Sulfanegen

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Sulfanegen
Sulfanegen.svg
Names
IUPAC name
2,5-Dihydroxy-1,4-dithiane-2,5-dicarboxylic acid
Identifiers
80003-64-1
ChemSpider 29395474
Jmol-3D images Image
PubChem 24830990
Properties
C6H8O6S2
Molar mass 240.25 g·mol−1
Except where noted otherwise, data is given for materials in their standard state (at 25 °C (77 °F), 100 kPa)
Infobox references

Sulfanegen is an experimental antidote for cyanide poisoning.[1] It is being studied as a prodrug for 3-mercaptopyruvic acid (3-MP). 3-MP has been studied as a potential treatment for cyanide poisoning, but the half-life is too short for it to be clinically effective.[2] Instead, prodrugs such as sulfanegen are being evaluated to compensate for the short half-life.[3]

Sulfanegen has been shown to be effective in animal studies.[4] It is being studied as the sodium salt, sulfanegen sodium, and the triethanolamine salt, sulfanegen TEA.[5][3]

One advantage sulfanegen may have over existing treatments for cyanide poisoning is that it might be administered by intramuscular injection rather than by intravenous infusion.[6]

References[edit]

  1. ^ "Researchers discover fast-acting cyanide antidote". phys.org. Dec 27, 2007. 
  2. ^ Nagahara, N; Li, Q; Sawada, N (2003). "Do antidotes for acute cyanide poisoning act on mercaptopyruvate sulfurtransferase to facilitate detoxification?". Current drug targets. Immune, endocrine and metabolic disorders 3 (3): 198–204. doi:10.2174/1568008033340162. PMID 12871026.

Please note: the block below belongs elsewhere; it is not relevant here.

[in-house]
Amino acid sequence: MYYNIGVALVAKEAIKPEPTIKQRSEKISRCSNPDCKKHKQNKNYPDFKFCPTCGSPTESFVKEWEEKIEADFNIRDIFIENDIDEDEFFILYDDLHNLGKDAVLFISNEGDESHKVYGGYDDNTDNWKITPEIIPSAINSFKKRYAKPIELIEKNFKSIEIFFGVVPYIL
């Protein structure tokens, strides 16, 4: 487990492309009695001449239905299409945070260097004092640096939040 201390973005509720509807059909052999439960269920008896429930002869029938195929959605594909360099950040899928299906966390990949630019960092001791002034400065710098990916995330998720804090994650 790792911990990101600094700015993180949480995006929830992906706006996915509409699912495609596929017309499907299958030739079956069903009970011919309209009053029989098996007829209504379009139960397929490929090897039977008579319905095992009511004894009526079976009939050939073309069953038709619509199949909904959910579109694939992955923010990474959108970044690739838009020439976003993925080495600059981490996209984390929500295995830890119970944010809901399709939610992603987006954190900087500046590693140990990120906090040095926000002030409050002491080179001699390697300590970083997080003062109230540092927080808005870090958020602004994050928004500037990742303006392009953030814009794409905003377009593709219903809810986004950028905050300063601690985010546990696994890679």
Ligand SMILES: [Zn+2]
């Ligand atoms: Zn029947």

3. ^ a b Brenner, M; Kim, JG; Lee, J; Mahon, SB; Lemor, D; Ahdout, R; Boss, GR; Blackledge, W; Jann, L; Nagasawa, HT; Patterson, SE (2010). "Sulfanegen sodium treatment in a rabbit model of sub-lethal cyanide toxicity". Toxicology and applied pharmacology 248 (3): 269–76. doi:10.1016/j.taap.2010.08.002. PMC 3382974. PMID 20705081. 
  4. ^ Chan, A; Crankshaw, DL; Monteil, A; Patterson, SE; Nagasawa, HT; Briggs, JE; Kozocas, JA; Mahon, SB; Brenner, M; Pilz, RB; Bigby, TD; Boss, GR (2011). "The combination of cobinamide and sulfanegen is highly effective in mouse models of cyanide poisoning". Clinical toxicology (Philadelphia, Pa.) 49 (5): 366–73. doi:10.3109/15563650.2011.584879. PMID 21740135. 
  5. ^ Belani, KG; Singh, H; Beebe, DS; George, P; Patterson, SE; Nagasawa, HT; Vince, R (2012). "Cyanide toxicity in juvenile pigs and its reversal by a new prodrug, sulfanegen sodium". Anesthesia and analgesia 114 (5): 956–61. doi:10.1213/ANE.0b013e31824c4eb5. PMC 3334426. PMID 22392971. 
  6. ^ "New Antidote for Cyanide Found". Yahoo News. February 1, 2013.